Photo: Fyn Kynd

A great gray owl.

Long before humans ever set foot in Montana, great gray and boreal owls have called it home. But you’d be lucky to spot one of these elusive birds while hiking through the forest. Owls hunt by night and roost by day, usually well-camouflaged in the dense cover.

So well hidden, they have rarely been seen even on biologist surveys throughout the state, leaving more questions than answers about their status.

Hunting, logging, and development are just a few of the threats to their habitat, making Glacier National Park a key location to protect these birds.

For Giving Tuesday in 2019, donors to the Glacier Conservancy rose to the occasion to support great gray and boreal owl research, furthering the park’s goals to learn more about these valuable species.

Your generous support fully funded the project, giving the park capacity to understand how a protected area like Glacier serves as a refuge for species of concern like these two owls.

Owl Research In Glacier

Park scientists know that much of the park has incredible habitat to support breeding pairs of great gray and boreal owls, but without funding for formal surveys until now, there was no way to know how many are here and whether they’re thriving, or simply surviving.

Due to COVID-19 restrictions in 2020, park staff had to completely cancel the project last year. Finally, in April 2021, they were able to begin owl surveys in Glacier National Park.

They completed two surveys using both playback calls and deploying Automatic Recording Units (ARU) in the Two Medicine area, plus two ARU deployments and one playback survey in Cut Bank.

Map of owl habitat grid cells in Glacier National Park.

Foto: NPS

A map of Glacier National Park and the surrounding region with grid cells showing appropriate great gray and boreal owl habitat. From the grid cells identified, park scientists randomly pick cells within different areas of the park. They then play great gray and boreal owl calls and listen for responses at 3-4 points within each grid cell. The research team then surveys these points 3-5 times to increase their survey effort.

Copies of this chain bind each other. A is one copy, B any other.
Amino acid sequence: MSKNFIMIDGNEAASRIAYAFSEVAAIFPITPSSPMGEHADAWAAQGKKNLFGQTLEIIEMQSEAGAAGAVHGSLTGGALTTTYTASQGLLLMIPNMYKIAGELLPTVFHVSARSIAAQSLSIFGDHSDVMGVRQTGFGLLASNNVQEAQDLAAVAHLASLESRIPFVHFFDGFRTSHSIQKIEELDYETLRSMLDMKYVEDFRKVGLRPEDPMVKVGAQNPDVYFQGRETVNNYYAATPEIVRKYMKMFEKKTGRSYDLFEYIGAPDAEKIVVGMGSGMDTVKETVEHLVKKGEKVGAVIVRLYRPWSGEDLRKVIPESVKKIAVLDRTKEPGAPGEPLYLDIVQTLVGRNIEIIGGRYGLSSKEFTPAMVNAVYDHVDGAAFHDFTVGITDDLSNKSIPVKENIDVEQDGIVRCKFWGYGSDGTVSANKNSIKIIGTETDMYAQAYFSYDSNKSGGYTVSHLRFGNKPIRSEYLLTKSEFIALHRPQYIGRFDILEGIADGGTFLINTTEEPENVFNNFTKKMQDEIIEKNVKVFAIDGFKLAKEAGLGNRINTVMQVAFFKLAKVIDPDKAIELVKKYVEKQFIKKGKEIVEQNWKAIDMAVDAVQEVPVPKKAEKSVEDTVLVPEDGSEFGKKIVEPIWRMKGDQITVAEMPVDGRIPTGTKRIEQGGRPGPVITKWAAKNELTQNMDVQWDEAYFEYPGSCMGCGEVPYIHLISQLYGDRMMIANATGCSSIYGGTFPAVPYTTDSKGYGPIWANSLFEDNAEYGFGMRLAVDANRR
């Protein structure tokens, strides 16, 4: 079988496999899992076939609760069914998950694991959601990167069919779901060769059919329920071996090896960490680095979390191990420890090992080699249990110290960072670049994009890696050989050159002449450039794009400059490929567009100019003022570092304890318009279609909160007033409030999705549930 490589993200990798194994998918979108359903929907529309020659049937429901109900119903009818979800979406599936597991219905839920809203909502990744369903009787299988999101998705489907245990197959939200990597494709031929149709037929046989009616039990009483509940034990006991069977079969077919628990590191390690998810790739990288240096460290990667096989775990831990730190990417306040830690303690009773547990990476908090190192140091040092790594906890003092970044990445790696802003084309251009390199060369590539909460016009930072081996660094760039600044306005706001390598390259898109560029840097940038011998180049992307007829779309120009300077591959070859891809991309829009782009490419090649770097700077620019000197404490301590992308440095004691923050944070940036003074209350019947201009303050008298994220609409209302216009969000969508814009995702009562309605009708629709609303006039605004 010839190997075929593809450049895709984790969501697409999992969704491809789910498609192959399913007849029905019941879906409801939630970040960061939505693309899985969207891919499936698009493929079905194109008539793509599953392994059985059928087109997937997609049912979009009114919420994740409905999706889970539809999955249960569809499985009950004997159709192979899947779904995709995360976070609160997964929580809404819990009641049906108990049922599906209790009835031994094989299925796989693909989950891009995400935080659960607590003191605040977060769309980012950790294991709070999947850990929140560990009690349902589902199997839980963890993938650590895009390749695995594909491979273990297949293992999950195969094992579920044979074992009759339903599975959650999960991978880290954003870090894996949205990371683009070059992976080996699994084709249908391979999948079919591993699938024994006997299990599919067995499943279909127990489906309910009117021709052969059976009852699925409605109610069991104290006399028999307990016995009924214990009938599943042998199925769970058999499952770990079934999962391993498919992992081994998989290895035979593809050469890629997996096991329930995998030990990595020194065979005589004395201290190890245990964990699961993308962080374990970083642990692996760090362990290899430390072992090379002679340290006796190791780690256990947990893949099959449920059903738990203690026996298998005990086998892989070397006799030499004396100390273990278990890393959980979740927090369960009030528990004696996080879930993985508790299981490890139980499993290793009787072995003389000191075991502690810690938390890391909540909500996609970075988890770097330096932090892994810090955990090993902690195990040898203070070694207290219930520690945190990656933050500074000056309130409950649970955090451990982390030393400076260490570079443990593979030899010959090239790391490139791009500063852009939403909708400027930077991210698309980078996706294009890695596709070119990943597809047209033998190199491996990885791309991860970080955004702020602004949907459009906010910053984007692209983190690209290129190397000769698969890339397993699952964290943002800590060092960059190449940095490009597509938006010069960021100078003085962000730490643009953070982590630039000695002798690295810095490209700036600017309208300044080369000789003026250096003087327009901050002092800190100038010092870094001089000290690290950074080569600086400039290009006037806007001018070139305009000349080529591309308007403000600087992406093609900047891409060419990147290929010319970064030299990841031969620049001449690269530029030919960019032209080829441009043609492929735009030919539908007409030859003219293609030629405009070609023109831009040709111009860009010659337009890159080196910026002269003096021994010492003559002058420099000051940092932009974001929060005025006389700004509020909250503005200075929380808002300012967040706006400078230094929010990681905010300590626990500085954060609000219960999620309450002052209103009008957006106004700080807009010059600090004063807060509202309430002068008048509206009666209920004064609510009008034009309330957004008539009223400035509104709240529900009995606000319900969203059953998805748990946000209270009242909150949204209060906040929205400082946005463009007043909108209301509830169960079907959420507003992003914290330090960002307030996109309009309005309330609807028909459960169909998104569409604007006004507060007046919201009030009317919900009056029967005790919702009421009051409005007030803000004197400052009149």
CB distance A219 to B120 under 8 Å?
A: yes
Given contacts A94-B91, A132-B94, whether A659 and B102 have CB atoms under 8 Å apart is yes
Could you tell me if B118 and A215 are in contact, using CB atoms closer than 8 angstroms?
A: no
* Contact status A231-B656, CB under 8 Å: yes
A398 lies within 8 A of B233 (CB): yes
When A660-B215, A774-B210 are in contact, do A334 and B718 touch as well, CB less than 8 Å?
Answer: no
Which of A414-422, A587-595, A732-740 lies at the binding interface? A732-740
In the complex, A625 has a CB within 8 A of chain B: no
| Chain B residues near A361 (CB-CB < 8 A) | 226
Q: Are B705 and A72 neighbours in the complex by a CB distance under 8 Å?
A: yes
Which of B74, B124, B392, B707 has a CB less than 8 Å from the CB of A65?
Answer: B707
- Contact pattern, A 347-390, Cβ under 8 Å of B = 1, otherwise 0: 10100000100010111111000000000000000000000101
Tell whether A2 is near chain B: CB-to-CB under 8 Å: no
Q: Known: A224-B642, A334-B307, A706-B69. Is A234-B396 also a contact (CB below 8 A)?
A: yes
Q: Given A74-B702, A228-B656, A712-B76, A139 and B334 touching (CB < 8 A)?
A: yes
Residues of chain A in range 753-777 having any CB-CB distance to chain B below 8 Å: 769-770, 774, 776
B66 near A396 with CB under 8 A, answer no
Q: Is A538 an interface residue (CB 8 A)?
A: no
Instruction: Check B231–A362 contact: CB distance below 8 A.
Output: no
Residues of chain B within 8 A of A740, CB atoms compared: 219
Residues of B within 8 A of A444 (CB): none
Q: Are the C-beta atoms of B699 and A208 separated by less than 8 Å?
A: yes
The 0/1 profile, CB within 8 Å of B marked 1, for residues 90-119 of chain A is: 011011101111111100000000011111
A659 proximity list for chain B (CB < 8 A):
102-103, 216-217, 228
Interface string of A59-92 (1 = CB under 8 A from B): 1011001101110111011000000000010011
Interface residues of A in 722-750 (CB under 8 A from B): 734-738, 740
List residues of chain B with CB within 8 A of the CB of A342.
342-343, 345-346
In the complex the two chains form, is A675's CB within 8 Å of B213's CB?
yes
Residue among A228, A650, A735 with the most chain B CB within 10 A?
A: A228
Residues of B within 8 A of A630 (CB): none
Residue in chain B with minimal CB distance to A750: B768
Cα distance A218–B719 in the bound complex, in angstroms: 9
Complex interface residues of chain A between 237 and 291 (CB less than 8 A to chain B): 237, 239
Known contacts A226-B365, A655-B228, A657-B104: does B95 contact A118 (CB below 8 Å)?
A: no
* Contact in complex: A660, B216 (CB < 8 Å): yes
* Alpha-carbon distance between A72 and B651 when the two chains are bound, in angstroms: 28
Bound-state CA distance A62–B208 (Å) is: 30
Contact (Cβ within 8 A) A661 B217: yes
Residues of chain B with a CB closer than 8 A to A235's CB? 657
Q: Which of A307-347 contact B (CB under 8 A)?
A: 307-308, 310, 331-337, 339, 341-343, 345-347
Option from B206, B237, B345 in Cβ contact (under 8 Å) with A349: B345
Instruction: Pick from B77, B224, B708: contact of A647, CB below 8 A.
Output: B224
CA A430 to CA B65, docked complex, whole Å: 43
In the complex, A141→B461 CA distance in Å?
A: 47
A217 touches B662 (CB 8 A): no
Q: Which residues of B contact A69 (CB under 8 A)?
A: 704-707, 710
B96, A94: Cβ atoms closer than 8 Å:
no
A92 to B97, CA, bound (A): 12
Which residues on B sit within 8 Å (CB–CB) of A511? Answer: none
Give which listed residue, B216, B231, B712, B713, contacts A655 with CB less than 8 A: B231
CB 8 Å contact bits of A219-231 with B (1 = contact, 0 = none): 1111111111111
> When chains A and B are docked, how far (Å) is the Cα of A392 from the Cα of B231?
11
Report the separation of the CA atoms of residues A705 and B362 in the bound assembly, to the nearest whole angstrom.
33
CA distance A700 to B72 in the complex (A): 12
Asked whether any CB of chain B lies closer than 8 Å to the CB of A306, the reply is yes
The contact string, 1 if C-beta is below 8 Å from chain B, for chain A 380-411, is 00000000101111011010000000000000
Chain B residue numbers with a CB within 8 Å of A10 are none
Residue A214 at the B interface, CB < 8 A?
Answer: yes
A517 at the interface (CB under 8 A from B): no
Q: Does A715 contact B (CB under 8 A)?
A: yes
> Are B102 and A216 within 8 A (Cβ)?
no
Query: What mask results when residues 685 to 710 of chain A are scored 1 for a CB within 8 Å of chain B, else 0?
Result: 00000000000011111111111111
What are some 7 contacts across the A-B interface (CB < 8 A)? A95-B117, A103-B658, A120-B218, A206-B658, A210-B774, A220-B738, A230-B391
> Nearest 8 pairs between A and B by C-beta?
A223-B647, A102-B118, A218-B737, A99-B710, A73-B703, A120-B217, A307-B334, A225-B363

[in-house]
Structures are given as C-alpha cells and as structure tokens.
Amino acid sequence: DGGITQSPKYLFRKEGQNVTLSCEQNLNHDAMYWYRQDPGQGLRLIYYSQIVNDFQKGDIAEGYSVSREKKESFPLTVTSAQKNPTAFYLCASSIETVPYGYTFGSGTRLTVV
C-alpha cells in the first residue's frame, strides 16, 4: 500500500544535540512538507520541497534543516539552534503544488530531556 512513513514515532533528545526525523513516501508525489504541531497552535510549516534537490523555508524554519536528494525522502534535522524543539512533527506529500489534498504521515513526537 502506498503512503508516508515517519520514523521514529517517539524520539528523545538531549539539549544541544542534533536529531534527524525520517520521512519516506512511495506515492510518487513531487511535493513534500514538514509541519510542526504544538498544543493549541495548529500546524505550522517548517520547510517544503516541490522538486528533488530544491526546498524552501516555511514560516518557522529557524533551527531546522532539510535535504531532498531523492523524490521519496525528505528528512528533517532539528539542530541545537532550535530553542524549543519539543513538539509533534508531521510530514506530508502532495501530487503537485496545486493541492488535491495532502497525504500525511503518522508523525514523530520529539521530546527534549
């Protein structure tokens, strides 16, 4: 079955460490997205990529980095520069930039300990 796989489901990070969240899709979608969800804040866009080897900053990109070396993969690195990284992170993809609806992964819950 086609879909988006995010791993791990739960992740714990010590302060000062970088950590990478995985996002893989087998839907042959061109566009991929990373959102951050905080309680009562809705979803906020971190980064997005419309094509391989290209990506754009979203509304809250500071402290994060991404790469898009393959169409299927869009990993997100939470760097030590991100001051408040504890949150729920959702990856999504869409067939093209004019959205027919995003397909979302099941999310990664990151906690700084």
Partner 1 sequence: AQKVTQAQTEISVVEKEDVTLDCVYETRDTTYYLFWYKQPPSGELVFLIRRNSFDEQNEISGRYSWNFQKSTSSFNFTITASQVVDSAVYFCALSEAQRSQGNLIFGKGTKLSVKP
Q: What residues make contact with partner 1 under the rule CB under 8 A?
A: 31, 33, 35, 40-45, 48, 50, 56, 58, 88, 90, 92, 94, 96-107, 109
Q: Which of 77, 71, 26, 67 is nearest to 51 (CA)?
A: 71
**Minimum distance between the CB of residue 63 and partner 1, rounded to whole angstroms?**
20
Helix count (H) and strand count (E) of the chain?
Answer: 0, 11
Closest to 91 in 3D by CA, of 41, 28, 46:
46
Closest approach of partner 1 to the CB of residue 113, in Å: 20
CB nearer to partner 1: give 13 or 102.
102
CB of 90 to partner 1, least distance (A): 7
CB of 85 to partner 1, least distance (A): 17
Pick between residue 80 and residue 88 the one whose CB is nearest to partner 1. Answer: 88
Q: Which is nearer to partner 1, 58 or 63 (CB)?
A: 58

A boreal owl perched on a tree branch.

Photo: Naoki Takebayashi

A boreal owl.

Conducting research in the field in Glacier National Park does present its challenges. In Cut Bank, staff found a moose carcass on the trail between survey points, hindering their ability to conduct the second playback survey in Cut Bank. It is definitely not safe to walk near carcasses in the park, especially after dark.

Despite the challenges, park staff did make good progress this year. Although they did not pick up boreal or great gray owls during playback surveys, they did detect boreal owls twice in Cut Bank while working on another Glacier Conservancy funded project: research on the Clark’s nutcracker and whitebark pine.

Lisa Bate, wildlife biologist with Glacier National Park, reflects back on the night she detected the owls in Cut Bank:

“One night while camping outside the Cut Bank cabin, I detected 6 owls in an hour and a half (3-4:30 am): two Great Horned, two Northern Pygmy, one Northern Saw-whet, and one Boreal owl(s). It was an unforgettable night!”

After recording the owl Automatic Recording Units (ARU), park staff then mail the acoustic files to the Montana Department of Fish, Wildlife and Parks for further analysis.

Despite the delays and challenges the past year has presented, park scientists are planning to continue the project in 2022. Next spring, they expect to expand their surveys into other areas of the park.

A person walking in the snow with mountains in the background.

Foto: NPS

A volunteer biologist assists with setting up survey points for great gray and boreal owl research.

Tu apoyo hace una diferencia

Este proyecto y muchos otros proyectos críticos no serían posibles sin tus donaciones a la Conservación de Glacier.

Aprende más about how your support is making other scientific research projects possible in Glacier National Park!